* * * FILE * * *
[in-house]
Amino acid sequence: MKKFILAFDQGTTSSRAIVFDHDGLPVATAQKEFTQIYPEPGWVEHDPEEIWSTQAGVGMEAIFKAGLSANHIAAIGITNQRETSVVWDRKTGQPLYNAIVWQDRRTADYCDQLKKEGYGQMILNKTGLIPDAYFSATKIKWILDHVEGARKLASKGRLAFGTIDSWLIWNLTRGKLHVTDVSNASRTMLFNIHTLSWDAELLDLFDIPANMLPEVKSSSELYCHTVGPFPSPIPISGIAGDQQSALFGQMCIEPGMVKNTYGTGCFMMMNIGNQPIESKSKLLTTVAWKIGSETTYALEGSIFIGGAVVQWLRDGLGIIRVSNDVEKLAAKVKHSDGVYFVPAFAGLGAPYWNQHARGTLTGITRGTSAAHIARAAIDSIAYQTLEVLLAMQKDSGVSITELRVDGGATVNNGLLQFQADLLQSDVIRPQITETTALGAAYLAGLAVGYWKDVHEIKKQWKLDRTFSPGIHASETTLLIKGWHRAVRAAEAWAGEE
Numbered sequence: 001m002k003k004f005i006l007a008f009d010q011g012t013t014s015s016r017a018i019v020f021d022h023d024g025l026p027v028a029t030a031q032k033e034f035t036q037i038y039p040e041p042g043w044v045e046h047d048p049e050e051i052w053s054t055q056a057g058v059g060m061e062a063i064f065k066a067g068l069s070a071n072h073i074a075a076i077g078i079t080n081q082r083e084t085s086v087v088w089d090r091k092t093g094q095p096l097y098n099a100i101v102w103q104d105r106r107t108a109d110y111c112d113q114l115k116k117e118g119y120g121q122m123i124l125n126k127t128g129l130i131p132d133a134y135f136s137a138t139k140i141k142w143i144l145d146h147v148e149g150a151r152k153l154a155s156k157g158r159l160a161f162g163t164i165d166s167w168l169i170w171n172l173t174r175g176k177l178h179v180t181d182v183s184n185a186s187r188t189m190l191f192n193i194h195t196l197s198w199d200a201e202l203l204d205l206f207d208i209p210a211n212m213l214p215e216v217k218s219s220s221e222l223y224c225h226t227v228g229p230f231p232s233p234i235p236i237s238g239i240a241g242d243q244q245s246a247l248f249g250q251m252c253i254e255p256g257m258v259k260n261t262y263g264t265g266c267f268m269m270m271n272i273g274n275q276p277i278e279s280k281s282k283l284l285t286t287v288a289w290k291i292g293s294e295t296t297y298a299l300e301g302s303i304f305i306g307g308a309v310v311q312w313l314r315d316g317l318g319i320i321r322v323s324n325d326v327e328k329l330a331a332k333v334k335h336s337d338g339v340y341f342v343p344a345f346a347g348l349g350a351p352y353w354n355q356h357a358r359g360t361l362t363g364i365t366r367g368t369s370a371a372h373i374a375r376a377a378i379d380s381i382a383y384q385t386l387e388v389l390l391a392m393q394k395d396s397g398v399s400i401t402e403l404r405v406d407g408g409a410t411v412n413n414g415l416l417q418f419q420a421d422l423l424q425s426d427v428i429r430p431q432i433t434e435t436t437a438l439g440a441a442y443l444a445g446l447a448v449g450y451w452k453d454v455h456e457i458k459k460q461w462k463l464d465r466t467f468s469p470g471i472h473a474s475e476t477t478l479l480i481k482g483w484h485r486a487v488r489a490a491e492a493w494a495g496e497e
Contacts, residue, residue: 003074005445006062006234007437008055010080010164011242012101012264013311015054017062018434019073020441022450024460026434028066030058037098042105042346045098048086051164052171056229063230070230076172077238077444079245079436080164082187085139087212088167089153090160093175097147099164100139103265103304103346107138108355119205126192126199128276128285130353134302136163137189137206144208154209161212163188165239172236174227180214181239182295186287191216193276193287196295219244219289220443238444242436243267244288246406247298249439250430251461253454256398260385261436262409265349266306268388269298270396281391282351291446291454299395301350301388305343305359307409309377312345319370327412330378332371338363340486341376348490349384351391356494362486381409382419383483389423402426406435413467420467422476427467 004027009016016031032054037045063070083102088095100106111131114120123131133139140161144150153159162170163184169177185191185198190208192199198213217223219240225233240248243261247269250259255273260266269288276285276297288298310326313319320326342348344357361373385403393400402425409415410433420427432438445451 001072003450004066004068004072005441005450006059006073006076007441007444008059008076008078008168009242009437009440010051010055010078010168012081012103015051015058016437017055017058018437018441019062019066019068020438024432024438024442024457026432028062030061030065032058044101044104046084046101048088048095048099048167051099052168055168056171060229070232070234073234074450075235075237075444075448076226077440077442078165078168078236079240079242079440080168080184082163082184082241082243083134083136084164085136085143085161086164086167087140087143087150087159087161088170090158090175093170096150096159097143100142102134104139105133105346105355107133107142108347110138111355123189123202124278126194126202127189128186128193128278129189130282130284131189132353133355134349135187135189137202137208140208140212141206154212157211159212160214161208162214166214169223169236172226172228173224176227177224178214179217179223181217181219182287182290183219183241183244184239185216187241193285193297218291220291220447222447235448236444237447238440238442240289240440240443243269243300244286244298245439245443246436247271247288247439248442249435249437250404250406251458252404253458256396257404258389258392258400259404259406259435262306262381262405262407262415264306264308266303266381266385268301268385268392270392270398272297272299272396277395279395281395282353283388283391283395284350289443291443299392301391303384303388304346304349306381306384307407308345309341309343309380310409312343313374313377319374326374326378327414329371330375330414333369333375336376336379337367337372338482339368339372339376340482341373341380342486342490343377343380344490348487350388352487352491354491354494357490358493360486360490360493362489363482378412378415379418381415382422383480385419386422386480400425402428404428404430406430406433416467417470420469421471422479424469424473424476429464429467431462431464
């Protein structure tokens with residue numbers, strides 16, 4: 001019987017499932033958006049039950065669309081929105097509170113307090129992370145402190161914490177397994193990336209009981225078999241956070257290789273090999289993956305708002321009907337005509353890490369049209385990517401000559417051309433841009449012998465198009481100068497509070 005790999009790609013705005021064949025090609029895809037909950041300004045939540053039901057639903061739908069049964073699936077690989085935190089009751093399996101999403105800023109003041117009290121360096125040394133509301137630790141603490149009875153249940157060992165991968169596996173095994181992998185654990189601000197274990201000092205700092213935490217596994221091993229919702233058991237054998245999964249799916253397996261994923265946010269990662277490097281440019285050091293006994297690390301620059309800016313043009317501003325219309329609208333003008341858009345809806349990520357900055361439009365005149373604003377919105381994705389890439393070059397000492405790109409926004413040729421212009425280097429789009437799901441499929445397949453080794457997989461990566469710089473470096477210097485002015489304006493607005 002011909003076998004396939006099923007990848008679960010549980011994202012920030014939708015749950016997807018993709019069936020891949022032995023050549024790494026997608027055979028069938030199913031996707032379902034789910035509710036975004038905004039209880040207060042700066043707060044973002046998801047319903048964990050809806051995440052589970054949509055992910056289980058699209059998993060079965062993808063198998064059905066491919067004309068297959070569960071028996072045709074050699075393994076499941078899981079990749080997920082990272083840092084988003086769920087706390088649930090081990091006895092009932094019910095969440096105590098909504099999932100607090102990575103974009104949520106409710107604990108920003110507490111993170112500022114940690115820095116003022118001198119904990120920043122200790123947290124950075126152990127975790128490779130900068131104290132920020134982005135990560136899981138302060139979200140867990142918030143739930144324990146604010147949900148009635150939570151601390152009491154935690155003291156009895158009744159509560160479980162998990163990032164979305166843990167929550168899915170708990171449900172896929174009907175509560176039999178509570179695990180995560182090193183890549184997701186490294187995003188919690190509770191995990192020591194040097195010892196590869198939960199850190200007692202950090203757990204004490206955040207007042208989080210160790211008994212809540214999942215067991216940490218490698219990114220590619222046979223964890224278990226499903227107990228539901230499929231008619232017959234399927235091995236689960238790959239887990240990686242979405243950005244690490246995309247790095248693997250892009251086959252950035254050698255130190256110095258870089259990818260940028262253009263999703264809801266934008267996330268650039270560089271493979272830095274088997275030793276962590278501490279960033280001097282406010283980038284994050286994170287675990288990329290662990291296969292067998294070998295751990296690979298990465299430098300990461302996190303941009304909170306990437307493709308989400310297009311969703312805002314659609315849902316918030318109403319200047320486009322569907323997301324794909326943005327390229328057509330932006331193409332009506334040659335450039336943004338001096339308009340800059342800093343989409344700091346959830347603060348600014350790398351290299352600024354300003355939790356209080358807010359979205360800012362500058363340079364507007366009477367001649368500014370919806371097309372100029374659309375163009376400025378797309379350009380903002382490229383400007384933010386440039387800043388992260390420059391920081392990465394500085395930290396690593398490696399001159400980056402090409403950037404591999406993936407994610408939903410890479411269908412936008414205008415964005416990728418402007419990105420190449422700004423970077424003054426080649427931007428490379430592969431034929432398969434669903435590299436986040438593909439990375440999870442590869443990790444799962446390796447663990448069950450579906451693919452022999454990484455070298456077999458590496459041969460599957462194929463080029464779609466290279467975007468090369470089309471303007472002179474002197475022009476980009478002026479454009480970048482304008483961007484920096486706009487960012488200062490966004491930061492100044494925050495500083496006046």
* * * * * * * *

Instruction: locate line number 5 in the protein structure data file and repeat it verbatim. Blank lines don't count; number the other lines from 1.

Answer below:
């Protein structure tokens with residue numbers, strides 16, 4: 001019987017499932033958006049039950065669309081929105097509170113307090129992370145402190161914490177397994193990336209009981225078999241956070257290789273090999289993956305708002321009907337005509353890490369049209385990517401000559417051309433841009449012998465198009481100068497509070 005790999009790609013705005021064949025090609029895809037909950041300004045939540053039901057639903061739908069049964073699936077690989085935190089009751093399996101999403105800023109003041117009290121360096125040394133509301137630790141603490149009875153249940157060992165991968169596996173095994181992998185654990189601000197274990201000092205700092213935490217596994221091993229919702233058991237054998245999964249799916253397996261994923265946010269990662277490097281440019285050091293006994297690390301620059309800016313043009317501003325219309329609208333003008341858009345809806349990520357900055361439009365005149373604003377919105381994705389890439393070059397000492405790109409926004413040729421212009425280097429789009437799901441499929445397949453080794457997989461990566469710089473470096477210097485002015489304006493607005 002011909003076998004396939006099923007990848008679960010549980011994202012920030014939708015749950016997807018993709019069936020891949022032995023050549024790494026997608027055979028069938030199913031996707032379902034789910035509710036975004038905004039209880040207060042700066043707060044973002046998801047319903048964990050809806051995440052589970054949509055992910056289980058699209059998993060079965062993808063198998064059905066491919067004309068297959070569960071028996072045709074050699075393994076499941078899981079990749080997920082990272083840092084988003086769920087706390088649930090081990091006895092009932094019910095969440096105590098909504099999932100607090102990575103974009104949520106409710107604990108920003110507490111993170112500022114940690115820095116003022118001198119904990120920043122200790123947290124950075126152990127975790128490779130900068131104290132920020134982005135990560136899981138302060139979200140867990142918030143739930144324990146604010147949900148009635150939570151601390152009491154935690155003291156009895158009744159509560160479980162998990163990032164979305166843990167929550168899915170708990171449900172896929174009907175509560176039999178509570179695990180995560182090193183890549184997701186490294187995003188919690190509770191995990192020591194040097195010892196590869198939960199850190200007692202950090203757990204004490206955040207007042208989080210160790211008994212809540214999942215067991216940490218490698219990114220590619222046979223964890224278990226499903227107990228539901230499929231008619232017959234399927235091995236689960238790959239887990240990686242979405243950005244690490246995309247790095248693997250892009251086959252950035254050698255130190256110095258870089259990818260940028262253009263999703264809801266934008267996330268650039270560089271493979272830095274088997275030793276962590278501490279960033280001097282406010283980038284994050286994170287675990288990329290662990291296969292067998294070998295751990296690979298990465299430098300990461302996190303941009304909170306990437307493709308989400310297009311969703312805002314659609315849902316918030318109403319200047320486009322569907323997301324794909326943005327390229328057509330932006331193409332009506334040659335450039336943004338001096339308009340800059342800093343989409344700091346959830347603060348600014350790398351290299352600024354300003355939790356209080358807010359979205360800012362500058363340079364507007366009477367001649368500014370919806371097309372100029374659309375163009376400025378797309379350009380903002382490229383400007384933010386440039387800043388992260390420059391920081392990465394500085395930290396690593398490696399001159400980056402090409403950037404591999406993936407994610408939903410890479411269908412936008414205008415964005416990728418402007419990105420190449422700004423970077424003054426080649427931007428490379430592969431034929432398969434669903435590299436986040438593909439990375440999870442590869443990790444799962446390796447663990448069950450579906451693919452022999454990484455070298456077999458590496459041969460599957462194929463080029464779609466290279467975007468090369470089309471303007472002179474002197475022009476980009478002026479454009480970048482304008483961007484920096486706009487960012488200062490966004491930061492100044494925050495500083496006046």